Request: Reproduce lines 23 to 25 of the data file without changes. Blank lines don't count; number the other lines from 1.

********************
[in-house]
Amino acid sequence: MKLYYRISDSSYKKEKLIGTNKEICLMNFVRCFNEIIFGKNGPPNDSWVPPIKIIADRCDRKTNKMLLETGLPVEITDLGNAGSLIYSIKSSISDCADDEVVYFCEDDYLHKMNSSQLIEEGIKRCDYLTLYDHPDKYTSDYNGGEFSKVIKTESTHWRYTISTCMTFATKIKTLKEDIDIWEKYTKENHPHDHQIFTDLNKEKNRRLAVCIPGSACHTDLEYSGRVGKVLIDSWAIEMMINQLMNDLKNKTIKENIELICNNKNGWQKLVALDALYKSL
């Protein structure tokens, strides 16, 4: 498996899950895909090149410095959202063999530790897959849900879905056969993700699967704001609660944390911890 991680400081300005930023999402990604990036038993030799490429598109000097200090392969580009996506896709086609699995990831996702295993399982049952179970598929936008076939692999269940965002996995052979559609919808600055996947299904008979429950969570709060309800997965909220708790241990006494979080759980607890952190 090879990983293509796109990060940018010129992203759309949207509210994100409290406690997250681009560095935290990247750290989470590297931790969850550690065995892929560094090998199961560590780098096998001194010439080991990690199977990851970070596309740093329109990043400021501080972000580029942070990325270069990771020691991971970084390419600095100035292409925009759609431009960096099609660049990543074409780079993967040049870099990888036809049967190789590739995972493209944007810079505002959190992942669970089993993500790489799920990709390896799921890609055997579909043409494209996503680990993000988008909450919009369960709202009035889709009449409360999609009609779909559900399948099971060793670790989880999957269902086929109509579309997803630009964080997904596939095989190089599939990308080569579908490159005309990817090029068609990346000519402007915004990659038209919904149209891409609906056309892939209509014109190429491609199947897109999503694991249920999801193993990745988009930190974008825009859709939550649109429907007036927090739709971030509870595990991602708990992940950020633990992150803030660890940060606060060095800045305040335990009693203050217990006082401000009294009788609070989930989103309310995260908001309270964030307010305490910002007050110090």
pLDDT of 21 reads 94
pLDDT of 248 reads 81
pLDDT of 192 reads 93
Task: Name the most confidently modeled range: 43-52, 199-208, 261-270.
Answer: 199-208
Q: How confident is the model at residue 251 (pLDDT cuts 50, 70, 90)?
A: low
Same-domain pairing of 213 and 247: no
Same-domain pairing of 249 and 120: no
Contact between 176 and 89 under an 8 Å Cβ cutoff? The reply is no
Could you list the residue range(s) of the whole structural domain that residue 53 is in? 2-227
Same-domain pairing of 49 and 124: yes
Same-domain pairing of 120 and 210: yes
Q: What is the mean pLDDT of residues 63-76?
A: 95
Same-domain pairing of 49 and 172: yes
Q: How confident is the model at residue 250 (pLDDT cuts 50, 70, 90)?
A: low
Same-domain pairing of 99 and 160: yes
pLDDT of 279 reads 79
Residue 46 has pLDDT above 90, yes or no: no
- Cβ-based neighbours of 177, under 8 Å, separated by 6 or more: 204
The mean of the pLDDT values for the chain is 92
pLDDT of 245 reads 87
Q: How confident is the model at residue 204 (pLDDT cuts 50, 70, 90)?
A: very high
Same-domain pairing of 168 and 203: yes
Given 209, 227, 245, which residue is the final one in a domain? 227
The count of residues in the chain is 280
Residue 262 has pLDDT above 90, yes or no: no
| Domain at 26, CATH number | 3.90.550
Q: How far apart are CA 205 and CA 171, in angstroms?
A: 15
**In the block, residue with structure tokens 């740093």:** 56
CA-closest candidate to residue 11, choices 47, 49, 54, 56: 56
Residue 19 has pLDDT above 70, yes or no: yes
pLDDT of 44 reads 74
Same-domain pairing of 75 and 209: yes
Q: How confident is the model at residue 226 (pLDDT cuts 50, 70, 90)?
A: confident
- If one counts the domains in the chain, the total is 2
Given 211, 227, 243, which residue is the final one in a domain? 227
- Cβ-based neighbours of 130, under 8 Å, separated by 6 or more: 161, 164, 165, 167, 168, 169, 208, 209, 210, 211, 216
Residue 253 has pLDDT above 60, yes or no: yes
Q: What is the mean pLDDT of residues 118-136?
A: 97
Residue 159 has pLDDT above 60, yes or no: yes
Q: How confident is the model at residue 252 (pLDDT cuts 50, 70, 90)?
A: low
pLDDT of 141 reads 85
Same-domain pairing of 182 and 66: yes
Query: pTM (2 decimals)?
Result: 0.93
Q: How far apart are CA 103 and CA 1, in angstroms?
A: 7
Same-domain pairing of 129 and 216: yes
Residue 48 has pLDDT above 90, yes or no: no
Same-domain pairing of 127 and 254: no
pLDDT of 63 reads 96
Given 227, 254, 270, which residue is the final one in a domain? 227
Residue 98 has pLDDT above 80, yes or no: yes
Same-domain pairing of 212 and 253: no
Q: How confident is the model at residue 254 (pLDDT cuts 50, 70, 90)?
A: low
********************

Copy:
pLDDT of 279 reads 79
Residue 46 has pLDDT above 90, yes or no: no
- Cβ-based neighbours of 177, under 8 Å, separated by 6 or more: 204